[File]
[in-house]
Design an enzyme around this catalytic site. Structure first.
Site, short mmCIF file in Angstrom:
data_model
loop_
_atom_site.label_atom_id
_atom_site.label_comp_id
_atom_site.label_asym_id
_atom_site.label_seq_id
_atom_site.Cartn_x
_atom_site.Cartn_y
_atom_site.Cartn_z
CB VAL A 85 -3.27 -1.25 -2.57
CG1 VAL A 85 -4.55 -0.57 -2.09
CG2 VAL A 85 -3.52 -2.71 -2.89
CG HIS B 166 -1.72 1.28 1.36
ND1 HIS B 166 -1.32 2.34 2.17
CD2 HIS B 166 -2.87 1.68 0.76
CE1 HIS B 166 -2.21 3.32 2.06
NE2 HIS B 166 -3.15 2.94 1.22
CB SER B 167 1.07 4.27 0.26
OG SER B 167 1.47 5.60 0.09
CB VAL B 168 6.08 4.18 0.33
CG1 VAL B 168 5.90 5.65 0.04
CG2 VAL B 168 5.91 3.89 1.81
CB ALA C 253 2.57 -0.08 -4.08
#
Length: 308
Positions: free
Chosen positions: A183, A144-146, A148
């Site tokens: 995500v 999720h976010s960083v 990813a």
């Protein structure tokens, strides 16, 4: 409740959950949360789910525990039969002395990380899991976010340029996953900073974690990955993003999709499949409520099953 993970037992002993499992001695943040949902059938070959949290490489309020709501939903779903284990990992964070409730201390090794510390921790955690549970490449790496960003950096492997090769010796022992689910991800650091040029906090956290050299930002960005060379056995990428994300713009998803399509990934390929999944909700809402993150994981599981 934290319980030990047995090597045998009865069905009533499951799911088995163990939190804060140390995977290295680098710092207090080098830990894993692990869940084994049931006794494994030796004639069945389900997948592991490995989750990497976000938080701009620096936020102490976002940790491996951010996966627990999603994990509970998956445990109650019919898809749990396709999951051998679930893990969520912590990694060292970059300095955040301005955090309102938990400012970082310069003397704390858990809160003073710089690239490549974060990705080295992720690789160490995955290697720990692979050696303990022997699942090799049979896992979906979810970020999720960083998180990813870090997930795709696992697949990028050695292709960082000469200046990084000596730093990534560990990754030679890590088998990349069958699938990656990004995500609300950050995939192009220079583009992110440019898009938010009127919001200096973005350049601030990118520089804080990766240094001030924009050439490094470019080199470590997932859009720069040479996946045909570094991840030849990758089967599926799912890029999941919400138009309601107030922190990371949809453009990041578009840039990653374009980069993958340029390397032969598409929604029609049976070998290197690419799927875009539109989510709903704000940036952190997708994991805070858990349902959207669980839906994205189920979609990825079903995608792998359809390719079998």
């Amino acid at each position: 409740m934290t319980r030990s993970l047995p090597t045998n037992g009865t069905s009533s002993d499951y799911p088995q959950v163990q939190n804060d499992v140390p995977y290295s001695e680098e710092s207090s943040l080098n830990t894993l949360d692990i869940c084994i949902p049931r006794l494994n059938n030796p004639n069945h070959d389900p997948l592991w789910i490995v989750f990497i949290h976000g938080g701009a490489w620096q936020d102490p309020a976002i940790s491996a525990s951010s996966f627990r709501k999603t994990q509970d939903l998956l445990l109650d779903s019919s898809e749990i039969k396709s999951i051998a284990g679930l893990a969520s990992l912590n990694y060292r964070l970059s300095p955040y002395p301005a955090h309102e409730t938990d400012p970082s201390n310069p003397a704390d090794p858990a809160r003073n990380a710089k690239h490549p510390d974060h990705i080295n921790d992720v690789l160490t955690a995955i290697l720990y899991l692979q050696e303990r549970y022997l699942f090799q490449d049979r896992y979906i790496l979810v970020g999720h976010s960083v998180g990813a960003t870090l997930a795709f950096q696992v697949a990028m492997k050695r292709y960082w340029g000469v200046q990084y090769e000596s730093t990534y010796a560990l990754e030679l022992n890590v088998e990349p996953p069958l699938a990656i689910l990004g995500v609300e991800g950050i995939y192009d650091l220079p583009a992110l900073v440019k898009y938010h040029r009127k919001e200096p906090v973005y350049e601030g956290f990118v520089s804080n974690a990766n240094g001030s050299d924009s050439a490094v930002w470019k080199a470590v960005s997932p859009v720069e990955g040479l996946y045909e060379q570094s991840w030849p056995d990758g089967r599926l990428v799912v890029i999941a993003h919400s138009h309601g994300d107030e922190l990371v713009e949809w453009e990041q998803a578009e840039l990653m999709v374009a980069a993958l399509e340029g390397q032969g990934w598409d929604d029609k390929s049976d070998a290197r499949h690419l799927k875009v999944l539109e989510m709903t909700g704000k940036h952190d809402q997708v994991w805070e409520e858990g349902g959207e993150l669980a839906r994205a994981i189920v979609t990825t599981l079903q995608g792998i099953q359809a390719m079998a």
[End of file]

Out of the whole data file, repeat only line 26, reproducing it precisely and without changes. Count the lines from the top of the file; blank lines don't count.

CB ALA C 253 2.57 -0.08 -4.08